If you’re an entrepreneur who sells via social media or word of mouth, Sellfie could be your way to grow! If you or your friend who’s an entrepreneur would like to share their business story, please write to [email protected] today.
The exuberance in her voice belies her claim that she’s lazy. In fact, Huda Masood is ready to convince you that the seeds of her granola bar business grew out of this laziness, and the desire to sleep in for the ubiquitous ‘five more minutes’. This indulgence would cut into breakfast time and Huda would leave the house on an empty stomach. This meant she was crabby and hungry by lunch time, and a heavy lunch would not only mean lethargy, it was also affecting her health. The granola bar became her grab-and-go breakfast, which she would pick up as she left for work, eating on the way. Huda was now able to eat ‘the most important meal of the day’ without slaving in the kitchen every morning.
However, the road to good health has not always been smooth for this motorcycle enthusiast who frequently takes off on road trips. She began her career as a dentist, but soon realised her heart was not in it. She found her calling in stem cell research after completing her Masters in Regenerative Medicine.
But a change in government policy, which banned most stem cell research, meant she was soon out of a job. With more time to spare, she started making bars full time, which she began giving to her friends. One friend, who lived almost entirely on her bars, on a motorcycle trip from Bangalore to Bhutan, returned a die-hard fan and was soon telling all his friends about her creations. Word spread like wildfire. Her customer base has grown from 10 customers in 2012 to 200-250 regular customers today. Even the name, The Huda Bar, stuck because that’s what her friends called her product.
Hand-crafted, healthy, and from the heart
The Huda Bar is completely handmade, with each bar being roasted, pressed, cut and packed by Huda herself with the help of one woman. She currently offers four varieties of nutrition bars: Classic, Extra Honey, Peanut Butter, and Chocolate. She also has a vegan version that comes in Classic, Peanut and Chocolate variants. Huda, who also makes organic peanut butter and dehydrated fruit for sale, is planning on introducing coffee bars in October.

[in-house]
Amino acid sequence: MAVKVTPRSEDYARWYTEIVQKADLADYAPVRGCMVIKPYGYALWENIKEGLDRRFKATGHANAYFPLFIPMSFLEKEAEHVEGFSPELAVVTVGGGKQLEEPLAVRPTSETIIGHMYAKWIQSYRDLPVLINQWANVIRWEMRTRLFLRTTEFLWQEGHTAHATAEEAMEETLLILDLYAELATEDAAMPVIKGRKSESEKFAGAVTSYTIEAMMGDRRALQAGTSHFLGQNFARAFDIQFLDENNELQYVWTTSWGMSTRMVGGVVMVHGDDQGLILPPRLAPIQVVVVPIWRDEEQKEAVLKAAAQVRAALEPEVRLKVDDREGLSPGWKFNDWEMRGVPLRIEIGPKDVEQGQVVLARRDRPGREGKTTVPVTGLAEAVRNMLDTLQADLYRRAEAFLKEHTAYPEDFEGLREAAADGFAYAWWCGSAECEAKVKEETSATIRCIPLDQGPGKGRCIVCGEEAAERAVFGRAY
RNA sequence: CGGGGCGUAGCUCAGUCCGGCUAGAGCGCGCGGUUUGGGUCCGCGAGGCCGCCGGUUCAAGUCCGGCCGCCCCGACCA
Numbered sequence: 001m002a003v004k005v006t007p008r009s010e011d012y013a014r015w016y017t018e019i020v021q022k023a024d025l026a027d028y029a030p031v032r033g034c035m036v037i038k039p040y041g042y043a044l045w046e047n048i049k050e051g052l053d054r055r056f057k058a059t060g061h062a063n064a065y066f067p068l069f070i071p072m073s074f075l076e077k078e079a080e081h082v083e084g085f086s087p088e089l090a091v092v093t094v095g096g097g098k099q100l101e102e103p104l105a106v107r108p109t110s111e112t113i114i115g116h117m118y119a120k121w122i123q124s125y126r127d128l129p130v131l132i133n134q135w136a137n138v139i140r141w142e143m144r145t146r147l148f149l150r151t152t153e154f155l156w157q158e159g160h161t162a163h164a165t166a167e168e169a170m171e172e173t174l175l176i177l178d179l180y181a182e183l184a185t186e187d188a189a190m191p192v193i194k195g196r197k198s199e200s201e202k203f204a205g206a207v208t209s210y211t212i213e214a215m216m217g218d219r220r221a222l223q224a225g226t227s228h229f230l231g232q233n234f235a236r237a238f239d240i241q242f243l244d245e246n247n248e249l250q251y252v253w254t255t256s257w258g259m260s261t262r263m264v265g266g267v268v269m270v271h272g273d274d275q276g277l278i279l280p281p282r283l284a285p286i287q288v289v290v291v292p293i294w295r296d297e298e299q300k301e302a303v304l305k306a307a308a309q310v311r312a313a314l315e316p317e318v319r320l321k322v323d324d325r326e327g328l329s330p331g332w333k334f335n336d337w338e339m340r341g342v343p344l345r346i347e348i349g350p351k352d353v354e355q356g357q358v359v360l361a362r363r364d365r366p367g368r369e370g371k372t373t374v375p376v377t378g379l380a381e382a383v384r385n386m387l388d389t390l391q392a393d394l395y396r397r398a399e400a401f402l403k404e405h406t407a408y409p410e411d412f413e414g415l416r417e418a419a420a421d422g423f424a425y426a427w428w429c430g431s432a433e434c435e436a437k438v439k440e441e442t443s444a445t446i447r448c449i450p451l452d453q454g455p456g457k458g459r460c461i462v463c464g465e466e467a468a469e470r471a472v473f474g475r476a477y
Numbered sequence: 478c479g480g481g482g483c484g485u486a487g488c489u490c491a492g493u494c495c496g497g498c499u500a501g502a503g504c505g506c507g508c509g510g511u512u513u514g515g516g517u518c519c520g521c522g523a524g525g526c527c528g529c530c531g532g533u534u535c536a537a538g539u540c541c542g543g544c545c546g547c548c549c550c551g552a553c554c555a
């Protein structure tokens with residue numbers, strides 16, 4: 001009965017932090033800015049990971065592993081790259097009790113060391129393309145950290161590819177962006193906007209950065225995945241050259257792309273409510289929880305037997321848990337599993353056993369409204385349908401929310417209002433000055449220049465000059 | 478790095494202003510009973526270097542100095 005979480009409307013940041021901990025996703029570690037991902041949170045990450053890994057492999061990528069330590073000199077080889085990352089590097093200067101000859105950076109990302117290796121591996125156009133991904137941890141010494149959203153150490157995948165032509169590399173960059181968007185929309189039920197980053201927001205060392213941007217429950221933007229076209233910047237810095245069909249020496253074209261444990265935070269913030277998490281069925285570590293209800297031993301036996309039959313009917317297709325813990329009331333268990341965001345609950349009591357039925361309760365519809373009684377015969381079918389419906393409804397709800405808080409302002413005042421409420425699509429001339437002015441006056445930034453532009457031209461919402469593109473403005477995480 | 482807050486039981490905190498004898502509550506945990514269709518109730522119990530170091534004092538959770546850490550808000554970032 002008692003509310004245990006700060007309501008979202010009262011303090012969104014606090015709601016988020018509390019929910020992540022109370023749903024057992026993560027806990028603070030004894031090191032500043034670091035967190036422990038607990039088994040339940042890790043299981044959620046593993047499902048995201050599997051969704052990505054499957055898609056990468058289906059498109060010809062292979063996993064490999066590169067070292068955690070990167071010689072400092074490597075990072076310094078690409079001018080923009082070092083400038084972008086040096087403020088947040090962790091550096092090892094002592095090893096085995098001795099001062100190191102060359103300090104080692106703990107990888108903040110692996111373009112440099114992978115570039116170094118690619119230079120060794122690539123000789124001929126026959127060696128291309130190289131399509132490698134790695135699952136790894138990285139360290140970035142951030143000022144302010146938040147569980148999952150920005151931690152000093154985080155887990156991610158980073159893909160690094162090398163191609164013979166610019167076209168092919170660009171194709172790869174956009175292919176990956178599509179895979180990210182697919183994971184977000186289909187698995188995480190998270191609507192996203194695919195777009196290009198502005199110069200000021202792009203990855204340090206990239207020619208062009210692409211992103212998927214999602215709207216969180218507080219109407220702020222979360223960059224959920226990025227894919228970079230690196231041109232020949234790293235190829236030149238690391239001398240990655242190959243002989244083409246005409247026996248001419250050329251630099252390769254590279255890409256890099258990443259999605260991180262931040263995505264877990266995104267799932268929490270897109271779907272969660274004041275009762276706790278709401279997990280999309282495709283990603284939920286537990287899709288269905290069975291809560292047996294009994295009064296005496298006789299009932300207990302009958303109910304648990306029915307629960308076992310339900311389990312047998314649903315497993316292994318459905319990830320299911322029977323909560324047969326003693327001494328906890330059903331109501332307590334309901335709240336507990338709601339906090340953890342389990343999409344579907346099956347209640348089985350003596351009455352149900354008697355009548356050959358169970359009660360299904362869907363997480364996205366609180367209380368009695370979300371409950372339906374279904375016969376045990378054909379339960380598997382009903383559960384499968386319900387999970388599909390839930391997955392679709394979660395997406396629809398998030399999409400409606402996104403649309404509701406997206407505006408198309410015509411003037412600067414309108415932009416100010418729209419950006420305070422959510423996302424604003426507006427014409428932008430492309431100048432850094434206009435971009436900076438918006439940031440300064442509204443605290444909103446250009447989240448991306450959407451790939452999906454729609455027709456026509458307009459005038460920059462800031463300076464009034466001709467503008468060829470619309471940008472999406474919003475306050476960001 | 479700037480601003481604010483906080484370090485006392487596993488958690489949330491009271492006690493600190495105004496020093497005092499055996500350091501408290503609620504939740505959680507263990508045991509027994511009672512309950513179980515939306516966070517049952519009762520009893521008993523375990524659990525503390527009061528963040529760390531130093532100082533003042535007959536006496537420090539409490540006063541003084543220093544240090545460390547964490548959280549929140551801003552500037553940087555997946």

And it’s not just her love for what she does that makes these bars such a hit. Each ingredient is sourced fresh from trusted suppliers, and smaller co-ops and collectives, as she believes in helping everyone associated with her business grow. This bond built with her suppliers over the years ensures that she gets the freshest produce. Every almond, she tells us, that goes into her bars is hand-split. That’s the level of involvement of this entrepreneur.
Huda is encouraged by the amount of growth her business has seen over the past four years. She started small, with her own money, and is still managing the business on her own. And although she knows that health bars are a dime a dozen, she does not feel threatened and says there’s enough room for everyone.
And while getting people hooked on to the golden crunchiness of the health bars was easy, managing the backend was becoming a challenge. With the orders rolling in, collecting payments on time was becoming difficult. Huda says Sellfie came as a godsend.
“Because of Sellfie, I can sell and collect payments easily even through WhatsApp. I no longer need to wait for a cheque. The ease of access to multiple platforms is also a huge advantage,” she says.
Running the business is now much easier, given that Huda manages almost everything single-handed.
Business with a purpose
Huda wants to make nutrition bars accessible to as many people as she can. That’s why her product comes at almost half the price a store might charge for something that most likely came off an assembly line loaded with artificial flavor and ingredients you can barely spell.
The growing popularity of her bars has not made her complacent. She is working on sourcing more local, organically grown and preferably organic-certified produce for the bars. But, that, she points out, requires money, as does expansion of any kind. Huda also refuses to use plastic packaging, preferring to hand wrap each bar in butter paper before labelling it with the appropriate sticker and packaging it in a re-sealable Ziploc bag. If she were to upscale, she would need to involve distributors, retailers, and stockists who would insist on “abuse proof” packaging for a better shelf life. And that would conflict with her convictions. “Simply put, I am committed to recyclable or biodegradable packaging and do not want to contribute to a landfill. It has been an obstacle to scaling up. I think there is an opportunity to educate consumers by telling them that metallized plastic can only be burned or buried. It isn’t biodegradeable.” she says.
The highs and the lows
Huda wants to make her bars accessible to more people and is also working on expanding her product line. She wants to get more people involved, so that she can train them and help “develop libraries in their heads,” to do more with the resources they have. Huda wants her bars to tell stories of the people she works with like the bee-keepers and the farmers, and explore all that India is capable of providing, produce-wise. She says, “You can use money to do good things also.”
Huda says she feels blessed that there have not been too many ugly episodes in a business that she loves. Till date, she has had to refund only one customer because the courier company misplaced the packet. The highs have been more frequent and Huda still experiences one every time customers send her a thank you note, saying they loved the bars.
As long as that keeps happening, Huda is in a happy place.